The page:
https://africa.fsspx.org/en/news-events ... lism-53945
The best answer to all those who downplay the significance of the pagan rites in honor of the Pachamama, is given by an absolutely indisputable personality since she was the main protagonist. Indeed, the same day (October 4), Ednamar de Oliveira Viana, woman of indigenous origin who led the ceremony in the Vatican gardens, published a press release to explain the meaning, as revealed by Diane Montagna on the LifeSiteNews website on November 8th.
Here is the full text of the press release: “To plant is to have hope. It is believing in a growing and fruitful life to satisfy the hunger of Mother Earth's creation. This brings us to our origin by reconnecting divine energy and teaching us the way back to the Creator Father.
The Synod is to plant this tree, water and cultivate, so that the Amazonian peoples are heard and respected in their customs and traditions experiencing the mystery of the divinity present in the Amazonian soil.
Planting in the Vatican Garden is a symbol that invites the Church to be even more committed to the forest peoples and all of humanity. But also, it is the denunciation of those who destroy our common house by greed in search of their own profit.”
Diane Montagna recalls here that Saint Boniface, the apostle of Germany, felled Donar’s oak which the Germans regarded as the sacred tree of Thor. And she makes a wish: “At present the Amazonian sacred tree is safely guarded within the precincts of the Vatican gardens until a new St. Boniface should arise.”
As Jeanne Smits pointed out on her blog, on November 9: “This idea [in the press release] of the ‘hunger’ of Mother Earth is precisely the basis of the Pachamama rituals: that which generates and nourishes, but which punishes with earthquakes those who take too much resources. Thus it is a question of satisfying its hunger and its thirst during a ceremony which takes place by presenting to it offerings taken on what it gave, in a cover placed on the ground, or by digging a hole in which they throw sacrificial objects or animals—a llama fetus being the object of choice.”
“Pachamama is an entity, the Earth, but also a spirit with a conscience and a power; a ‘divinity’” [‘present in Amazonian soil’] as it was also called in the press release by Ednamar de Oliveira Viana, whose anger must be appeased. This was done in the past, especially in Inca times, through the sacrifices of children and adolescents.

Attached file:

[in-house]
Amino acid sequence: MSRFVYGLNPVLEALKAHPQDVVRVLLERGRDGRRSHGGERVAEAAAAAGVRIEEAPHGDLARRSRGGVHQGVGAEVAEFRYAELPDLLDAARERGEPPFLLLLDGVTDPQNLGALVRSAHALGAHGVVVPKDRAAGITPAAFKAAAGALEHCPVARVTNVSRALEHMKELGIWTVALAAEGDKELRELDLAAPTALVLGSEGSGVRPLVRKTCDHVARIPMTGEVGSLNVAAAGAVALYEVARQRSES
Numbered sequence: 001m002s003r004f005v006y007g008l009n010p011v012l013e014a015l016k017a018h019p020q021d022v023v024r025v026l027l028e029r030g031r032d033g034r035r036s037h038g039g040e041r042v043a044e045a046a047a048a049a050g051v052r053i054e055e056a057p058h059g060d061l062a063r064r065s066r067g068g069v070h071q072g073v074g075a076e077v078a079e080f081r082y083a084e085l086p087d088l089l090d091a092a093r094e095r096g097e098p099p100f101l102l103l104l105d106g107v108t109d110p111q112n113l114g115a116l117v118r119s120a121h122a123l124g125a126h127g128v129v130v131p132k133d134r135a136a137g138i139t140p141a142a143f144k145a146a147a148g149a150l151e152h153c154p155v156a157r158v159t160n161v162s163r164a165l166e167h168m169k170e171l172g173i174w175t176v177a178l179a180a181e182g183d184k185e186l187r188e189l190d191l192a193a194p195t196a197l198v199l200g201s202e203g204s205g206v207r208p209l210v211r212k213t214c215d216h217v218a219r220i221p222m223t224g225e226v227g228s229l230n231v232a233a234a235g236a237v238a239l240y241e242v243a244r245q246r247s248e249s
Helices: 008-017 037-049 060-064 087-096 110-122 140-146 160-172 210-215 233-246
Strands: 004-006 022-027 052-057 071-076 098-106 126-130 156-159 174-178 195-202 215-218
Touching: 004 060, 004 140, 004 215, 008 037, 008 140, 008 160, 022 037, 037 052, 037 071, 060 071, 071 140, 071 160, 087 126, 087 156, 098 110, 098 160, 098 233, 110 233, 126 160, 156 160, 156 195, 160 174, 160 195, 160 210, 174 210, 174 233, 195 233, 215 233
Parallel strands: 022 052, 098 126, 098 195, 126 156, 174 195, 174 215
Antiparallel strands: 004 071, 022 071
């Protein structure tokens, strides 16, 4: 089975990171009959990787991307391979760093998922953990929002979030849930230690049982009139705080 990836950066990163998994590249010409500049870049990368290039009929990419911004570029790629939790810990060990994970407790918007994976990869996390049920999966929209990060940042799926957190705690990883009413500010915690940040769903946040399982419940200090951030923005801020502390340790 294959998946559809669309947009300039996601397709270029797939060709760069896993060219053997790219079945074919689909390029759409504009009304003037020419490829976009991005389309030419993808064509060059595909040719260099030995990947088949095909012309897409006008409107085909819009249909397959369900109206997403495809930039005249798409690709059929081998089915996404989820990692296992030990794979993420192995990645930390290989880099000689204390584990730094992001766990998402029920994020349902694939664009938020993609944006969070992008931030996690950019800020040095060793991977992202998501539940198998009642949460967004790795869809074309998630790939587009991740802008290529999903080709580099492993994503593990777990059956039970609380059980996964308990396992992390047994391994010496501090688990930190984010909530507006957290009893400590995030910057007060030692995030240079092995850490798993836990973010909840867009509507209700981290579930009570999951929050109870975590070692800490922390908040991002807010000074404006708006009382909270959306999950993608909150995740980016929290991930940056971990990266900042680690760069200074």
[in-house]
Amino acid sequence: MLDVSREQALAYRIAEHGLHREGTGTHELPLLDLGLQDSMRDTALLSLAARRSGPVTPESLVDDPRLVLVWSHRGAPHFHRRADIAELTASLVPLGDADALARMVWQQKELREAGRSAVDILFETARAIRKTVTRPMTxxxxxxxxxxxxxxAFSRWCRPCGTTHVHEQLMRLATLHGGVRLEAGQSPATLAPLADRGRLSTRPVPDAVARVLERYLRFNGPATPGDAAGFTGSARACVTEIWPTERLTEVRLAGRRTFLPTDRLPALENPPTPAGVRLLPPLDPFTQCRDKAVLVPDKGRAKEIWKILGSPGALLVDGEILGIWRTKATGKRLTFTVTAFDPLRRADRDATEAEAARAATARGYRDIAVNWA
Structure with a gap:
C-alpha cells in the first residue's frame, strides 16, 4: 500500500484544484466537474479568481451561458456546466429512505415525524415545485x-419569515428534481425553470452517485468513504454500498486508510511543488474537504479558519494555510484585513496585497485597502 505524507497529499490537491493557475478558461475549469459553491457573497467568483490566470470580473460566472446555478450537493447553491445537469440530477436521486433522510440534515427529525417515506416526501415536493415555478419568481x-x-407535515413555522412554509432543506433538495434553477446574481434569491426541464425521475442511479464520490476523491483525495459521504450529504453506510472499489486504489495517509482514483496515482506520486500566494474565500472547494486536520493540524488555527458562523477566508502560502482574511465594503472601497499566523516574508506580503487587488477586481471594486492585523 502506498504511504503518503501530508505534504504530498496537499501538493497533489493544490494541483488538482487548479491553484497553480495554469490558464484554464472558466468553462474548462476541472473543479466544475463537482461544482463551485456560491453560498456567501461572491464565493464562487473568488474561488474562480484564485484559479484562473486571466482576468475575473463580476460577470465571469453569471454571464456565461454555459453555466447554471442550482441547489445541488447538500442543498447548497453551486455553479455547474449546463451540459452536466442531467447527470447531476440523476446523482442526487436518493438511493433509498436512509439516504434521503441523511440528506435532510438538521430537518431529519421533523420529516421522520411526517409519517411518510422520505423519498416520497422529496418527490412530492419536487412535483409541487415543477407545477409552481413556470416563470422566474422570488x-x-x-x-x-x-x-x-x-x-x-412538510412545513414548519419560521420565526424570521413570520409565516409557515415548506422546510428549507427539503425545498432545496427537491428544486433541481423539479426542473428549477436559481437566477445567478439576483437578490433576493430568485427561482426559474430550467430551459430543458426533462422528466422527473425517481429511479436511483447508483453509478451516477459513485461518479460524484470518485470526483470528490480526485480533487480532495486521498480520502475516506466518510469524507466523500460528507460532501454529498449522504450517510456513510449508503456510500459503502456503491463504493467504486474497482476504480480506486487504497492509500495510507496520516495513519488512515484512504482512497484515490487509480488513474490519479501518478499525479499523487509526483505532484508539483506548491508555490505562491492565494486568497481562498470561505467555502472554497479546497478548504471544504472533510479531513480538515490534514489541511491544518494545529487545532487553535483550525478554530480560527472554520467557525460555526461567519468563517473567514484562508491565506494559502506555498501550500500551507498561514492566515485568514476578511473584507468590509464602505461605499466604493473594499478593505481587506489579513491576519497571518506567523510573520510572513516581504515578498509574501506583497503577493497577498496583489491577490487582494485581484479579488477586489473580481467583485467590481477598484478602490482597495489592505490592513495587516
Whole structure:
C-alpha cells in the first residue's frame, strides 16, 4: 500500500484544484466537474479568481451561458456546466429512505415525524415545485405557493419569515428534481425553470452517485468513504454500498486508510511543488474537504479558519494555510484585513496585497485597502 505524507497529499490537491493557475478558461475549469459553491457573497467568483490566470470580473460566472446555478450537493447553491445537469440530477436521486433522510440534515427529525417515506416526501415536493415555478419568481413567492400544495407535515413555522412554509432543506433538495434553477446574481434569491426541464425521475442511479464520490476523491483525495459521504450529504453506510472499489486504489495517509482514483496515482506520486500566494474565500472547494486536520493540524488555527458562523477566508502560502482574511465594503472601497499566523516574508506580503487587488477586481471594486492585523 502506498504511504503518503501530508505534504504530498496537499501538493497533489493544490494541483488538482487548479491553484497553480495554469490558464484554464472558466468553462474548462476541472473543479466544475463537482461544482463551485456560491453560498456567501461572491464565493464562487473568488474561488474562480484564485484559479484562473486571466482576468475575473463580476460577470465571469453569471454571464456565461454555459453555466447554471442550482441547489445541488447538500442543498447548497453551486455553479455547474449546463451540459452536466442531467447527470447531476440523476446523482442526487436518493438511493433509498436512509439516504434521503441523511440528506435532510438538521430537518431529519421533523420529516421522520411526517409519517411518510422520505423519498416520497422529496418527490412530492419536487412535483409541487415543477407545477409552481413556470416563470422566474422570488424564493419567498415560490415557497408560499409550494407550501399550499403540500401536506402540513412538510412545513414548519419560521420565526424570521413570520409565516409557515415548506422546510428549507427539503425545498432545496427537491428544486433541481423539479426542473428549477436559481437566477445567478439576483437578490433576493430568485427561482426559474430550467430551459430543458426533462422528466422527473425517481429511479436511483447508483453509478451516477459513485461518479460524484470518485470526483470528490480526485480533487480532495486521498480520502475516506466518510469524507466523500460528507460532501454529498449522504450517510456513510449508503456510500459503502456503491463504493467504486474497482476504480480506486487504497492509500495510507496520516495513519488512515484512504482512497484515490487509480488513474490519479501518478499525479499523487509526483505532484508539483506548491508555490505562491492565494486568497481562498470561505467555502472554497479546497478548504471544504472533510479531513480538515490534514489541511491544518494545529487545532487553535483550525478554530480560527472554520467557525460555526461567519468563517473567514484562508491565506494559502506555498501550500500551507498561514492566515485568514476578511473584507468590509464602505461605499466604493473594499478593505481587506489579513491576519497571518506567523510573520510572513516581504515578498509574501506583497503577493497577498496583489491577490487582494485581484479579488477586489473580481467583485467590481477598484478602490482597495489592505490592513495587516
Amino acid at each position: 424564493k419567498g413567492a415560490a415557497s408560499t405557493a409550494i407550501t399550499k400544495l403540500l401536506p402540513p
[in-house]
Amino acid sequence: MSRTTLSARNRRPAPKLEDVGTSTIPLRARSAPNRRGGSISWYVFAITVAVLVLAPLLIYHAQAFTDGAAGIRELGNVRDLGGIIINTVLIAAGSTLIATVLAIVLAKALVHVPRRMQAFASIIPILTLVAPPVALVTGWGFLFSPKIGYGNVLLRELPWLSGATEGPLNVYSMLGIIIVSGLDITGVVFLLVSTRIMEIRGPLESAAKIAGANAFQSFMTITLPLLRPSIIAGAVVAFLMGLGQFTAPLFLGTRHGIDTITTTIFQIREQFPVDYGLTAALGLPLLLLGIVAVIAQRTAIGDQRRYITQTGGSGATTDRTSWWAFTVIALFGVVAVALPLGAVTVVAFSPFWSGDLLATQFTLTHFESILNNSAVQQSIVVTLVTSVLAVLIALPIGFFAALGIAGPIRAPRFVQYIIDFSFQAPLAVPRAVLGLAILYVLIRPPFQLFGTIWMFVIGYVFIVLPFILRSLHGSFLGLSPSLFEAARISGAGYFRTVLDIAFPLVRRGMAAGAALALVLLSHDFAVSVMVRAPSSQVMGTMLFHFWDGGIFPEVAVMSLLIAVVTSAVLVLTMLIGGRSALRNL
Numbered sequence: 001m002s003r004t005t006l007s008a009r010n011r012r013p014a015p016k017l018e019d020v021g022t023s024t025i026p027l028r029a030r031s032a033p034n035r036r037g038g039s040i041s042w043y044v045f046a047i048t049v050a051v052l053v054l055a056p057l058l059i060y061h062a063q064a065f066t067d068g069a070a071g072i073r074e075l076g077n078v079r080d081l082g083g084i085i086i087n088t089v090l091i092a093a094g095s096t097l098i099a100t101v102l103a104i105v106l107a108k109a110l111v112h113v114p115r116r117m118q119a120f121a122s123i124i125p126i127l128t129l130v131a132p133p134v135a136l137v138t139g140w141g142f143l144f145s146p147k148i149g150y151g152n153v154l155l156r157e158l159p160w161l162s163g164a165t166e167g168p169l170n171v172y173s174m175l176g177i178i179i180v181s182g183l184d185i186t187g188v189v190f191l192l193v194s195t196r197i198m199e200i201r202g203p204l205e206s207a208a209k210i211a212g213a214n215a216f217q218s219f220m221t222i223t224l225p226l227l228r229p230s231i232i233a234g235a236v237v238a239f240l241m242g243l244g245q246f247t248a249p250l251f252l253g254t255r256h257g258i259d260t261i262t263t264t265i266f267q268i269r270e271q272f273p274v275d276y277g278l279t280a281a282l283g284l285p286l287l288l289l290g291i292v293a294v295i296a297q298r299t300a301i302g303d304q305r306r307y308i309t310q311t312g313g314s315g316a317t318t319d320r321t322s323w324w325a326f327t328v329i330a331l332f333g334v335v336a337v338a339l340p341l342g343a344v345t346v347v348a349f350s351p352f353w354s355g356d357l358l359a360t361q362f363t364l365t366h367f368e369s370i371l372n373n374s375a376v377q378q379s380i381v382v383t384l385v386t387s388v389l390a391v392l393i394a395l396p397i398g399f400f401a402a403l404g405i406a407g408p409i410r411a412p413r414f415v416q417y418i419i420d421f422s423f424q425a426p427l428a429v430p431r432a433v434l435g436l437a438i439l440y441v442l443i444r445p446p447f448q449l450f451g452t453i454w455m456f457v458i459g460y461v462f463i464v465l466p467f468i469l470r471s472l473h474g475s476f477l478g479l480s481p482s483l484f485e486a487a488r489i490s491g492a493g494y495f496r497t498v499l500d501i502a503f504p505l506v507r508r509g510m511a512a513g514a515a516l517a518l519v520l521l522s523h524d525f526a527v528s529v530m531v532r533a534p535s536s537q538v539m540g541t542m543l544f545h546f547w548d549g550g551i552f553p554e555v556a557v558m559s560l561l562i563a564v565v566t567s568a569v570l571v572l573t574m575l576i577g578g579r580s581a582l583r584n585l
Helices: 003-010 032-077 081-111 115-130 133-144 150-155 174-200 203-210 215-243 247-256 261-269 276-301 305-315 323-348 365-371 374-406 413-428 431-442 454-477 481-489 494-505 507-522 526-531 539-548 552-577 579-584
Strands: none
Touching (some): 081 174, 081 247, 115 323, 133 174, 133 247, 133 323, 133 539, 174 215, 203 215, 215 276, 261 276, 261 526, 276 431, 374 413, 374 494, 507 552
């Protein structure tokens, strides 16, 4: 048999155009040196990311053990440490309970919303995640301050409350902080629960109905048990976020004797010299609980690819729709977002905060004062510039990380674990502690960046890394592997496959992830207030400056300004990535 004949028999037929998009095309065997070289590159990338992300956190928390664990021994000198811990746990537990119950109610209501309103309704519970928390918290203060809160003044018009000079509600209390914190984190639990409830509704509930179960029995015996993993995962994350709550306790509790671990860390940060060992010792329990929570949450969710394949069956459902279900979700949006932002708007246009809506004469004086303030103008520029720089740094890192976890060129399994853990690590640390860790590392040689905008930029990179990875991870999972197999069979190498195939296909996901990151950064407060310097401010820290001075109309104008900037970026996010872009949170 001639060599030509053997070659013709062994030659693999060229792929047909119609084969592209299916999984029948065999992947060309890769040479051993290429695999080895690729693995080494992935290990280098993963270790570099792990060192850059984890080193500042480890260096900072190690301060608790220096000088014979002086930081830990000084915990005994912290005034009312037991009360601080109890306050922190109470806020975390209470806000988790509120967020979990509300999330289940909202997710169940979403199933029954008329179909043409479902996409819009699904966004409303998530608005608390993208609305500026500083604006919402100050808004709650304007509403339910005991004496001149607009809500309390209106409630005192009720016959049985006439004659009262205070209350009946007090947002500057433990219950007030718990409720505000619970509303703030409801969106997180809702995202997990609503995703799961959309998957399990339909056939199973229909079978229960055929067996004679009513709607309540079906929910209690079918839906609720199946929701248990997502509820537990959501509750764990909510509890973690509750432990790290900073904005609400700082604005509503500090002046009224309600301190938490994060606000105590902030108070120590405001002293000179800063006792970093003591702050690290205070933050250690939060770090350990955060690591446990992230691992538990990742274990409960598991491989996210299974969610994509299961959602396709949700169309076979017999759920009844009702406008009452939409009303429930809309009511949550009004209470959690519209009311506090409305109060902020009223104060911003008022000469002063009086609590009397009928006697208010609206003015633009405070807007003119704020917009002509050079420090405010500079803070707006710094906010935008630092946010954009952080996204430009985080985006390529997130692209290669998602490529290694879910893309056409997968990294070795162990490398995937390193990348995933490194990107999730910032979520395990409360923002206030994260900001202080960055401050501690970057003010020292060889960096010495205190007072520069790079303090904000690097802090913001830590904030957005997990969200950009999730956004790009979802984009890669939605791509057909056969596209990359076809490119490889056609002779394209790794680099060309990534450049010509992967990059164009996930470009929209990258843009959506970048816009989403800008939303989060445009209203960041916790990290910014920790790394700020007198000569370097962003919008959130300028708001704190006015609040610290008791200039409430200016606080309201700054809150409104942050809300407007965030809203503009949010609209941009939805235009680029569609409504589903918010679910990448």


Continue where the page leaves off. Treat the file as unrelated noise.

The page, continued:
“The language of the press release is clearly pagan and syncretistic. It shows the reason for prostrations before the planted tree, surrounded by soil brought back from the Amazon: it is soil, land to which we attribute a ‘divine’ identity.”
But perhaps we still need a testimony totally outside the Synod, to get a few ostrich heads out of the sand? Here is one from a Swiss shaman, Laurent Huguelit, founder of the Outre-Monde center for shamanic practice and author of a book entitled Mère : l’enseignement spirituel de la forêt amazonienne (Mother: The Spiritual Teaching of the Amazon Rainforest), published in September 2019 by Mama editions, in Paris.
It introduces itself like this, on the 4th cover page: “It was during a stay in the Amazon that the author was designated spokesperson (sic) of the great forest by the spirit of the mother of all mothers in person. In accordance with the spiritual contract which is linked within this plant matrix, Laurent Huguelit put on paper the words, the visions, the impressions, and the anecdotes that the forest asked him to express.”
And to manifest the object of his belief: “It is a teaching given by nature which is delivered to us with sincerity in these pages, a pilgrimage to the heart of the great family of the living. We come across, in turn, the ancestral tree, the clarity of consciousness, compassion, shamans, and their songs of healing—but also, because everything must be known, the agony of darkness. With Mother, the intention of the forest is to re-establish the sacred bond which links humanity to planet Earth, so that a new consciousness can emerge—and so that the children of the forest encounter the one who saw them being born and grow. So that they respect it, preserve it, and love it.”—It is particularly instructive to consider, in the light of this shamanism with a European face, the desire expressed by the Synod for a “Church with an Amazonian face.”